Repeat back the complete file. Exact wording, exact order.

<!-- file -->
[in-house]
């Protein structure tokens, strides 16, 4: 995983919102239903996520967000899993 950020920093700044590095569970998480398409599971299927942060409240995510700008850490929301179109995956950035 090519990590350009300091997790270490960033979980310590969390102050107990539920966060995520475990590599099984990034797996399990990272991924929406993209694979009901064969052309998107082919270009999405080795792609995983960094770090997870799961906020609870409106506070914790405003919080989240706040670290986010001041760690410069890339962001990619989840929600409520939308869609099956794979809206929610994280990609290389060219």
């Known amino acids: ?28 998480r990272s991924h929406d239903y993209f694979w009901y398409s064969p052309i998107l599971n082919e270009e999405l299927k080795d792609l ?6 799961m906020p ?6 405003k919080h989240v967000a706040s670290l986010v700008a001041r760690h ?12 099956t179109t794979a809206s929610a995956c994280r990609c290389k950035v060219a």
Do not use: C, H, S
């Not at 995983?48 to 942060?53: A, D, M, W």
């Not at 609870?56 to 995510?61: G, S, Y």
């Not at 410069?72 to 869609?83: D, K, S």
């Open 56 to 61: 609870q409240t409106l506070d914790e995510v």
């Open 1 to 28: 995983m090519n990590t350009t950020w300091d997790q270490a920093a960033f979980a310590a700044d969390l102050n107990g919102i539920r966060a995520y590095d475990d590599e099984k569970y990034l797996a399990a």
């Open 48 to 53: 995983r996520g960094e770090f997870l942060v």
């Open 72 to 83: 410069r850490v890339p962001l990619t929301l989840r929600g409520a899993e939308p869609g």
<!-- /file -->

[in-house]
């Protein structure tokens, strides 16, 4: 995983919102239903996520967000899993 950020920093700044590095569970998480398409599971299927942060409240995510700008850490929301179109995956950035 090519990590350009300091997790270490960033979980310590969390102050107990539920966060995520475990590599099984990034797996399990990272991924929406993209694979009901064969052309998107082919270009999405080795792609995983960094770090997870799961906020609870409106506070914790405003919080989240706040670290986010001041760690410069890339962001990619989840929600409520939308869609099956794979809206929610994280990609290389060219």
């Known amino acids: ?28 998480r990272s991924h929406d239903y993209f694979w009901y398409s064969p052309i998107l599971n082919e270009e999405l299927k080795d792609l ?6 799961m906020p ?6 405003k919080h989240v967000a706040s670290l986010v700008a001041r760690h ?12 099956t179109t794979a809206s929610a995956c994280r990609c290389k950035v060219a």
Do not use: C, H, S
């Not at 995983?48 to 942060?53: A, D, M, W």
């Not at 609870?56 to 995510?61: G, S, Y």
């Not at 410069?72 to 869609?83: D, K, S």
């Open 56 to 61: 609870q409240t409106l506070d914790e995510v």
């Open 1 to 28: 995983m090519n990590t350009t950020w300091d997790q270490a920093a960033f979980a310590a700044d969390l102050n107990g919102i539920r966060a995520y590095d475990d590599e099984k569970y990034l797996a399990a």
């Open 48 to 53: 995983r996520g960094e770090f997870l942060v």
């Open 72 to 83: 410069r850490v890339p962001l990619t929301l989840r929600g409520a899993e939308p869609g």